Ancient Monuments

History on the Ground

This site is entirely user-supported. See how you can help.

Dinas south west of Aber-Peithnant

A Scheduled Monument in Blaenrheidol, Ceredigion

We don't have any photos of this monument yet. Why don't you be the first to send us one?

Upload Photo »

Approximate Location Map
Large Map »

If Google Street View is available, the image is from the best available vantage point looking, if possible, towards the location of the monument. Where it is not available, the satellite view is shown instead.


Latitude: 52.4336 / 52°26'0"N

Longitude: -3.8509 / 3°51'3"W

OS Eastings: 274263

OS Northings: 283343

OS Grid: SN742833

Mapcode National: GBR 92.MVXH

Mapcode Global: VH4FH.63J8

Entry Name: Dinas SW of Aber-Peithnant

Scheduled Date: 1 January 1948

Source: Cadw

Source ID: 1854

Cadw Legacy ID: CD055

Schedule Class: Defence

Category: Hillfort

Period: Prehistoric

County: Ceredigion

Community: Blaenrheidol

Traditional County: Cardiganshire


The monument comprises the remains of a hillfort, which probably dates to the Iron Age period (c. 800 BC - AD 74, the Roman conquest of Wales). Hillforts are usually Iocated on hilltops and surrounded by a single or multiple earthworks of massive proportions. Hillforts must have formed symbols of power within the landscape, while their function may have had as much to do with ostentation and display as defence. The monument consists of an oval enclosure on top of an isolated hill reaching 386m above sea level. The elongated oval is determined by the ground which falls precipitously with sheer rock outcrops along the longer sides. The enclosure appears to be stone built with material from an inner spoil ditch which can be traced irregularly on all sides. There is no apparent outer ditch. The entrance, a simple gap, is on the north side.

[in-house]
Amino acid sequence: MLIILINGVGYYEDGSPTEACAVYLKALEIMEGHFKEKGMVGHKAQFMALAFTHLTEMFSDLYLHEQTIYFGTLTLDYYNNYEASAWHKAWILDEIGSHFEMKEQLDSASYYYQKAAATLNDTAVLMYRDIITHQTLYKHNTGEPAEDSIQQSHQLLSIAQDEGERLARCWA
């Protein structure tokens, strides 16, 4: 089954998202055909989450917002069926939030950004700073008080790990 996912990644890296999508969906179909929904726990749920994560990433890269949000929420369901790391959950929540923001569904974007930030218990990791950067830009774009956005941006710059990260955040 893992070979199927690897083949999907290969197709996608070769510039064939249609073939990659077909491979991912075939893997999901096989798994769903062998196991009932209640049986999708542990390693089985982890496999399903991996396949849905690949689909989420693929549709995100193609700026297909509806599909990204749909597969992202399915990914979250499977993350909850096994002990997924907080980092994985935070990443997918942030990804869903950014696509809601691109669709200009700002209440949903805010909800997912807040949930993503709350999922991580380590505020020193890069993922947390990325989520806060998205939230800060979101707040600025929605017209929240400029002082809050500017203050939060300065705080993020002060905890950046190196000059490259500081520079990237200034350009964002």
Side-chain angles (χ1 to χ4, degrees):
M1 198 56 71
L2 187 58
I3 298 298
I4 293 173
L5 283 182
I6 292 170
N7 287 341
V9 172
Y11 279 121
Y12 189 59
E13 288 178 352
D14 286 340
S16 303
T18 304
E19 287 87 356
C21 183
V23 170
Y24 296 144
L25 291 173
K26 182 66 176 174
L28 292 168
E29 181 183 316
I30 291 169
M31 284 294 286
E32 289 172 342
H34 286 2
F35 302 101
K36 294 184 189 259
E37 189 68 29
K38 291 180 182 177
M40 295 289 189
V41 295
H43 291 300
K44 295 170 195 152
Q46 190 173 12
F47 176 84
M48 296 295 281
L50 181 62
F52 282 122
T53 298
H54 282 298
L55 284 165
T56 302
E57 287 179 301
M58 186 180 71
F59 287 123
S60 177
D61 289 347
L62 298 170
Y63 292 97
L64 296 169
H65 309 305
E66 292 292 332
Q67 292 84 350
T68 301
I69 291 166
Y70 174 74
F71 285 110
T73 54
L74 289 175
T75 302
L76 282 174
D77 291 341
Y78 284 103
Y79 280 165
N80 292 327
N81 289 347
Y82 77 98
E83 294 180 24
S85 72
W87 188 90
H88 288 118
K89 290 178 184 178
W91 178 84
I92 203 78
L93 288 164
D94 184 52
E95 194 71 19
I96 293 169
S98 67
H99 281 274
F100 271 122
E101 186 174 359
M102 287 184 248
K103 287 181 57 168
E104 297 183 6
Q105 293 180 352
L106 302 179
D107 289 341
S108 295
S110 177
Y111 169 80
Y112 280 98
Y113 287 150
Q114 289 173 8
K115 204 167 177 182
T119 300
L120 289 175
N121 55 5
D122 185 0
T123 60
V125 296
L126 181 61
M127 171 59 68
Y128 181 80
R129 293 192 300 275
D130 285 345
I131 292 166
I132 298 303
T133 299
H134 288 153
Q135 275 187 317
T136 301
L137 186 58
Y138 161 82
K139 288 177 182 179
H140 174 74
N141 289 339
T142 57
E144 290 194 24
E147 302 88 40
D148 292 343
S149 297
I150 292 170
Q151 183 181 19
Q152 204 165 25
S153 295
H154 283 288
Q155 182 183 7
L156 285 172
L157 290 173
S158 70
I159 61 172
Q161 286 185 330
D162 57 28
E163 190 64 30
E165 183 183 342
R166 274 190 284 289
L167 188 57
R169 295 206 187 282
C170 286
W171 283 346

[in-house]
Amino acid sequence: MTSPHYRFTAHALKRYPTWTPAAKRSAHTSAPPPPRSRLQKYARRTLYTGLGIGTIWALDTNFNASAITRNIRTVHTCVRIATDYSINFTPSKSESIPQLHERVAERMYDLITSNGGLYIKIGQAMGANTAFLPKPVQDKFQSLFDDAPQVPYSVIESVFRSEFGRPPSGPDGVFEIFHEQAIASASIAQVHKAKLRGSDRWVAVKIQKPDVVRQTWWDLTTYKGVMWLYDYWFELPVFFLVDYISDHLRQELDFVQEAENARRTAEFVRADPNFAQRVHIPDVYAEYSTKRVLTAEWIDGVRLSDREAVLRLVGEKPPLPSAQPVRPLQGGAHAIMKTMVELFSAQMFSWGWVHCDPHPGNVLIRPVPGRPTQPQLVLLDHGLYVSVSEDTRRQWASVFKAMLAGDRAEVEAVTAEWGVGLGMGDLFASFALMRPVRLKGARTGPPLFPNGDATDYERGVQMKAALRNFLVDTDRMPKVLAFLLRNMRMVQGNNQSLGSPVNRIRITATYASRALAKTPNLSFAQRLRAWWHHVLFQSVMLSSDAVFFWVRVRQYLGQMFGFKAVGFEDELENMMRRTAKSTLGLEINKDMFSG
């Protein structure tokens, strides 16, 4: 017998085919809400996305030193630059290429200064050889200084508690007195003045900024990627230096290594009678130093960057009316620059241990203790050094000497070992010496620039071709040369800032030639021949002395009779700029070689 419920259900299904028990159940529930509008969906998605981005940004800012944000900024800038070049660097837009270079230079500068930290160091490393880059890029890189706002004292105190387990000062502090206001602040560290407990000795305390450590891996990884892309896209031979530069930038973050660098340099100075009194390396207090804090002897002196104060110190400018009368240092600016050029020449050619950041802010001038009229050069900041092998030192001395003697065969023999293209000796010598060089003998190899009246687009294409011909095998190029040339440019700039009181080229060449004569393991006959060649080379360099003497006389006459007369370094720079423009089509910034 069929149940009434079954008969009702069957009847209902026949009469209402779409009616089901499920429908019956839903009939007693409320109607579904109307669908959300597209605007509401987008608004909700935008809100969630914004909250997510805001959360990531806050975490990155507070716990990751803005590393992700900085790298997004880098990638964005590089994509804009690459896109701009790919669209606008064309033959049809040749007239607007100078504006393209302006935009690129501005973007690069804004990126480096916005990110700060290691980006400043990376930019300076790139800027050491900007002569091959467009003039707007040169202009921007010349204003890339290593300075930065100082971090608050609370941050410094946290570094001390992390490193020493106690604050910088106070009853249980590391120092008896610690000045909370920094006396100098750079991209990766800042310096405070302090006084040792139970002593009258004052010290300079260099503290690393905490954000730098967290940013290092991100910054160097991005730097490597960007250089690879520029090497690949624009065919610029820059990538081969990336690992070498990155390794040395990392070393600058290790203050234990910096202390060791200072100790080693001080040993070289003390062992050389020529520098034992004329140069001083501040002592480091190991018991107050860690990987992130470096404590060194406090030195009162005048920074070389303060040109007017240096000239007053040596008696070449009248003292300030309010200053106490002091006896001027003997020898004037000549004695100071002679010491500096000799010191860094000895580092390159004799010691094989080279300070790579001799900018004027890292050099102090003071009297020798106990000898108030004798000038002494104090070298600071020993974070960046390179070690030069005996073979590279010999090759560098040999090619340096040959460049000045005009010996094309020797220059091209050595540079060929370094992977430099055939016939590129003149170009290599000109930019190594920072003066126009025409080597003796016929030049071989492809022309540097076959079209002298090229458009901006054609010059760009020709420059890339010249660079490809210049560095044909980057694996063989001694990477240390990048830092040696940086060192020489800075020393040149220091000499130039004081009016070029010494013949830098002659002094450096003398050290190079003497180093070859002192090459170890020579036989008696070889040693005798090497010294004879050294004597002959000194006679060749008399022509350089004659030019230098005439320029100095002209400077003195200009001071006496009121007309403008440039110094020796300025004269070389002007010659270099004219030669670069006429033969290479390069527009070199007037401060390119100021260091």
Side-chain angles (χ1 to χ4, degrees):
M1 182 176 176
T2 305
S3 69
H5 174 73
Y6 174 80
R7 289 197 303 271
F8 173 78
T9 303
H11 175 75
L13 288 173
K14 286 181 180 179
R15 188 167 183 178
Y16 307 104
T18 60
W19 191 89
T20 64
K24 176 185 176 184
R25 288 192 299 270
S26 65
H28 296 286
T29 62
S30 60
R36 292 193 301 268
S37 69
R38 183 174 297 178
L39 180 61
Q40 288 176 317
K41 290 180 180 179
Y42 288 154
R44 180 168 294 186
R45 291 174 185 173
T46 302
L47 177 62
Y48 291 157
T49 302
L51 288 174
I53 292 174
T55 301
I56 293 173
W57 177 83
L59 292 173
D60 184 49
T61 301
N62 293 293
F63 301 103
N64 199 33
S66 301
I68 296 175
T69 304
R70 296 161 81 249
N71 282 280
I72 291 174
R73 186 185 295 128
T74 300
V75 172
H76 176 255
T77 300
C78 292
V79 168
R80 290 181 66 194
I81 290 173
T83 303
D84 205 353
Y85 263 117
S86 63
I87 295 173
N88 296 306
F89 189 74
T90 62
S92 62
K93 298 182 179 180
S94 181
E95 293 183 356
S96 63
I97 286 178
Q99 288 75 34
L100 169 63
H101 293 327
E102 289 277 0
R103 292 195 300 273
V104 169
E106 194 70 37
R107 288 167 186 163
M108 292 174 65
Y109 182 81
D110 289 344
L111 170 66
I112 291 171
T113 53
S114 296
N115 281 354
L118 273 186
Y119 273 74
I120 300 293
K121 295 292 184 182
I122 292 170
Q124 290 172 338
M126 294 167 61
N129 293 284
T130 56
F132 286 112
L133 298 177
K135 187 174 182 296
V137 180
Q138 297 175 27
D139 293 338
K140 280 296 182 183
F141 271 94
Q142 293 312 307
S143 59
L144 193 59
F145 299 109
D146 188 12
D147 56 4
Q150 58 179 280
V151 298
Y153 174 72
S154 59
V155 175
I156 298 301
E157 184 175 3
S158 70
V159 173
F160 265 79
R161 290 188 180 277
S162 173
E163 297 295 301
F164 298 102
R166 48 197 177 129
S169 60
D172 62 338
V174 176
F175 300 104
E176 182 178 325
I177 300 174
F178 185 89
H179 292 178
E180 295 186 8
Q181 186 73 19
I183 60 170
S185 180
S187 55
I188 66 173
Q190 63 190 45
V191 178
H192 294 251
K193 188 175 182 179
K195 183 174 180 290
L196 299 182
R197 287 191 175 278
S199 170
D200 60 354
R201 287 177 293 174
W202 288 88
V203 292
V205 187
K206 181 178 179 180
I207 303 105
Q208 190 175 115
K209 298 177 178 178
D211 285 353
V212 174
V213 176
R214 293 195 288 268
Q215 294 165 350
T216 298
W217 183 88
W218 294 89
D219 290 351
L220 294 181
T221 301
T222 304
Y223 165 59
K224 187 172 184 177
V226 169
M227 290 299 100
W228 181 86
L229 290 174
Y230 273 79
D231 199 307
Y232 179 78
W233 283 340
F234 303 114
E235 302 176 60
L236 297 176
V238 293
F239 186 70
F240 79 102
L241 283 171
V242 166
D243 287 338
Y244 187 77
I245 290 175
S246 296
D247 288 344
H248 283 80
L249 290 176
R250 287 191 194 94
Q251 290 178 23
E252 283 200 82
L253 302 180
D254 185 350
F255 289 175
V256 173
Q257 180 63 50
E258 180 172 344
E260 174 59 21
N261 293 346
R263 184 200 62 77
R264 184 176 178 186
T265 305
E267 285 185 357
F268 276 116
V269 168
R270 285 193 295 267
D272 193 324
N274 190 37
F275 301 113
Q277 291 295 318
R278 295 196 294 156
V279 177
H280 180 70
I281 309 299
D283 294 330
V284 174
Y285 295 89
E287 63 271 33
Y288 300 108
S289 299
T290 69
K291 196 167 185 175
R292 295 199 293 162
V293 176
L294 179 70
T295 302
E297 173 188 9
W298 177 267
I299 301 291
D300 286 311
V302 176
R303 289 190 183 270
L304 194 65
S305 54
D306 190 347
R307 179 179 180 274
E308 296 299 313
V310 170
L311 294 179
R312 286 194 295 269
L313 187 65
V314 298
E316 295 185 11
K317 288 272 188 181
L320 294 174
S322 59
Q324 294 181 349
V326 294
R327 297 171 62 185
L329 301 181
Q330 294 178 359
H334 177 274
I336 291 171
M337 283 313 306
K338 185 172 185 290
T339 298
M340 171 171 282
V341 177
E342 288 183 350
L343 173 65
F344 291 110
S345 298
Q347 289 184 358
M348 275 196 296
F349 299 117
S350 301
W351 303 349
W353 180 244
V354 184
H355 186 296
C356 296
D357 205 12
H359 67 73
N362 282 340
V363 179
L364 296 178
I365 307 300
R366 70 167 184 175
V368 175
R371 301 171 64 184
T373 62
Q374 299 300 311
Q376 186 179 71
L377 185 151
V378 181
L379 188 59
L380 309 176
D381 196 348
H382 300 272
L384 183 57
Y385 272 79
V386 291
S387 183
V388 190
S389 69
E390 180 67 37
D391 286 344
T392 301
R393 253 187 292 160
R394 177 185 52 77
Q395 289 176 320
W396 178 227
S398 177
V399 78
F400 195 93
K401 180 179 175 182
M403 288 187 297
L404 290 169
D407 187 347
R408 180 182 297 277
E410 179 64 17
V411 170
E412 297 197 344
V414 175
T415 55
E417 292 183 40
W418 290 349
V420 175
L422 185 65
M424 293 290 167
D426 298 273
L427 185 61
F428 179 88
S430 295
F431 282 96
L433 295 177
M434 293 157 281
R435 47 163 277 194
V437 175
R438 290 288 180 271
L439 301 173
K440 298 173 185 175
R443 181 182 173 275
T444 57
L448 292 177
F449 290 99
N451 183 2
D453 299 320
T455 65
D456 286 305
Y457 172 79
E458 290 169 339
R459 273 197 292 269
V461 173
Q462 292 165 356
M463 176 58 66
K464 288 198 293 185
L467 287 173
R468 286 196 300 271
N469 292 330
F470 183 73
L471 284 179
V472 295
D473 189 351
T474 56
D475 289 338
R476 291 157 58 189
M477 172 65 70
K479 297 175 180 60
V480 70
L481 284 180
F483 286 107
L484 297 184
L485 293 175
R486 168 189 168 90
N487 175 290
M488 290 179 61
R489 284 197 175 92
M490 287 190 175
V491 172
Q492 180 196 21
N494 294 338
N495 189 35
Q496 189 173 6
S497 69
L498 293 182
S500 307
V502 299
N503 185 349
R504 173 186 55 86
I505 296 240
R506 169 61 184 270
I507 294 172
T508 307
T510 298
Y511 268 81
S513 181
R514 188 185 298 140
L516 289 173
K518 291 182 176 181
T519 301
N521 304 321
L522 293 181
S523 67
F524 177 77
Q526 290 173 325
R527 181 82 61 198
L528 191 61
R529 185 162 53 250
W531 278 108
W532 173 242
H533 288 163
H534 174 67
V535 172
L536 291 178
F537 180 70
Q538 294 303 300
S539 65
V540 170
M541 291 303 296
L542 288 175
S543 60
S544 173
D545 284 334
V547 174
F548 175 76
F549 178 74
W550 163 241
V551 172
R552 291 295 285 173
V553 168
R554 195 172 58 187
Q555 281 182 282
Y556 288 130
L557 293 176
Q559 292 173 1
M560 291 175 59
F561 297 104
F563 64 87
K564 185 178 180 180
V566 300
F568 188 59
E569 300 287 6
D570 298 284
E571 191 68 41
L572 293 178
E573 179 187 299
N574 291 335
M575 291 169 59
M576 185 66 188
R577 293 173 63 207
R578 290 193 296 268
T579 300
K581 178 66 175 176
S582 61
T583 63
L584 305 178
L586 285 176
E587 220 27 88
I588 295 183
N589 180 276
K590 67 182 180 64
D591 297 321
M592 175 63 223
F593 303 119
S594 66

The monument is of national importance for its potential to enhance our knowledge of later prehistoric defensive organisation and settlement. The site forms an important element within the wider later prehistoric context and within the surrounding landscape. The site is well preserved and retains considerable archaeological potential. There is a strong probability of the presence of evidence relating to chronology, building techniques and functional detail.

The scheduled area comprises the remains described and areas around them within which related evidence may be expected to survive.

Source: Cadw

Other nearby scheduled monuments is an independent online resource and is not associated with any government department. All government data published here is used under licence. Please do not contact for any queries related to any individual ancient or schedued monument, planning permission related to scheduled monuments or the scheduling process itself. is a Good Stuff website.